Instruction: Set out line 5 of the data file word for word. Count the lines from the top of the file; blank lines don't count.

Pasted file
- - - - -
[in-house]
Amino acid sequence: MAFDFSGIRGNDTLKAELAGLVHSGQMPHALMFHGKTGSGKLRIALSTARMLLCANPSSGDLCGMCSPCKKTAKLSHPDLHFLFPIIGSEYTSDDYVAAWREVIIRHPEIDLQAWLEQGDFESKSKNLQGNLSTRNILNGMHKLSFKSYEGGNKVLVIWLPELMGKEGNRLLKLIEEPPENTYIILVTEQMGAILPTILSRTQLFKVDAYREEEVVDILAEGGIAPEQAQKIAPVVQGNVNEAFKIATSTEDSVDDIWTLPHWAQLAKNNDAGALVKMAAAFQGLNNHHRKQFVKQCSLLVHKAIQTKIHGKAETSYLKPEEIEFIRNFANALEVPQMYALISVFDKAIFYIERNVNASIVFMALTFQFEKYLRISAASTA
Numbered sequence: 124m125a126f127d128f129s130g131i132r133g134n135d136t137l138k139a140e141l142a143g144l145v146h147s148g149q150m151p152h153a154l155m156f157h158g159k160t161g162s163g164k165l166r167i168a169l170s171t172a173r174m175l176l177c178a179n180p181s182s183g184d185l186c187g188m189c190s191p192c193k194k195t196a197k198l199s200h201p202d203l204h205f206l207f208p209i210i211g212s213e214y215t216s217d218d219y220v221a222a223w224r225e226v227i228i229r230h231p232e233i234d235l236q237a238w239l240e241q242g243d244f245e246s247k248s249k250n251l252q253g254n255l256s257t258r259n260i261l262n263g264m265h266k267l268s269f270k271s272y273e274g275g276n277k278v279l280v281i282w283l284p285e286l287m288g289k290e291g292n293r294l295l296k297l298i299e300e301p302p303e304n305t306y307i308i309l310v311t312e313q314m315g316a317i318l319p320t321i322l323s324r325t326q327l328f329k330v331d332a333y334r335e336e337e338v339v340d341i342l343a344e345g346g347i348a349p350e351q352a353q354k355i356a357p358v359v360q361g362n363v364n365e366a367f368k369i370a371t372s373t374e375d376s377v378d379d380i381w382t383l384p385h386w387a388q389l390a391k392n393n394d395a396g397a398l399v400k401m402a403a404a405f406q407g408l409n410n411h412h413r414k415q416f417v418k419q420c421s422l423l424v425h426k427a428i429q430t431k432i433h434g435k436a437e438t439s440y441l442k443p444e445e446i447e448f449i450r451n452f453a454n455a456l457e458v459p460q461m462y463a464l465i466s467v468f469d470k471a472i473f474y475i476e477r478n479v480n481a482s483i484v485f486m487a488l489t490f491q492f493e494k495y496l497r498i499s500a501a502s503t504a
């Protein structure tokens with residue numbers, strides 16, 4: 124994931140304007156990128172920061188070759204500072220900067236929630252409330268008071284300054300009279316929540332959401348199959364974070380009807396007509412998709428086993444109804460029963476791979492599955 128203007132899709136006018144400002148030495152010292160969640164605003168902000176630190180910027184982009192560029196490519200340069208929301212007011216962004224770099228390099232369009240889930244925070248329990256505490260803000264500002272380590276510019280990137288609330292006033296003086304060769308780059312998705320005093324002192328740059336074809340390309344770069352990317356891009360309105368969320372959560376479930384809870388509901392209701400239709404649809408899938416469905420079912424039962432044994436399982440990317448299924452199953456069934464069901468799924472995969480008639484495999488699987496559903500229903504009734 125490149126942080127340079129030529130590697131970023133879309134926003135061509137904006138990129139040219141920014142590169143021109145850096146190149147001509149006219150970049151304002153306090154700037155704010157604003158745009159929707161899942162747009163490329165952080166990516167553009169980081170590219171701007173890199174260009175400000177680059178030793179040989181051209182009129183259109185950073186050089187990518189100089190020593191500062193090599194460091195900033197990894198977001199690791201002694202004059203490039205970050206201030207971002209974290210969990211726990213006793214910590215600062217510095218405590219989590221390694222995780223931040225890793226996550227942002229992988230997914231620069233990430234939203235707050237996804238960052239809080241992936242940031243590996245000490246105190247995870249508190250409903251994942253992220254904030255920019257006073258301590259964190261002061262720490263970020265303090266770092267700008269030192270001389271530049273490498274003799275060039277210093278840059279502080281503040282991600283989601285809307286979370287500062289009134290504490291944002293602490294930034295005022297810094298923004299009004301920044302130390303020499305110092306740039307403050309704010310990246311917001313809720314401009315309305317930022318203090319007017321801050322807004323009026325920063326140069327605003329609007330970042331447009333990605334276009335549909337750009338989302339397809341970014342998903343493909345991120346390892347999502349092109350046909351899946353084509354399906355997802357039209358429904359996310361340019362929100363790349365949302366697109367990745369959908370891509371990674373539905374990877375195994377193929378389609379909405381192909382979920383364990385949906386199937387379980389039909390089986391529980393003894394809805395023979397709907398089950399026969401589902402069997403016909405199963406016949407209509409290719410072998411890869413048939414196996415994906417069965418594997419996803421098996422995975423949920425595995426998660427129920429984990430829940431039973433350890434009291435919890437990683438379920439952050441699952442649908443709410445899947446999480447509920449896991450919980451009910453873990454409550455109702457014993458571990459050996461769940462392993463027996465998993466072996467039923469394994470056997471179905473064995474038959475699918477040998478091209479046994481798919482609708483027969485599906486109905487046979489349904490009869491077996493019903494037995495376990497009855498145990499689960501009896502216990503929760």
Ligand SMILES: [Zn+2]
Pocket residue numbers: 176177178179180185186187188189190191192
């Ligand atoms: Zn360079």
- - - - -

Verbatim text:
Ligand SMILES: [Zn+2]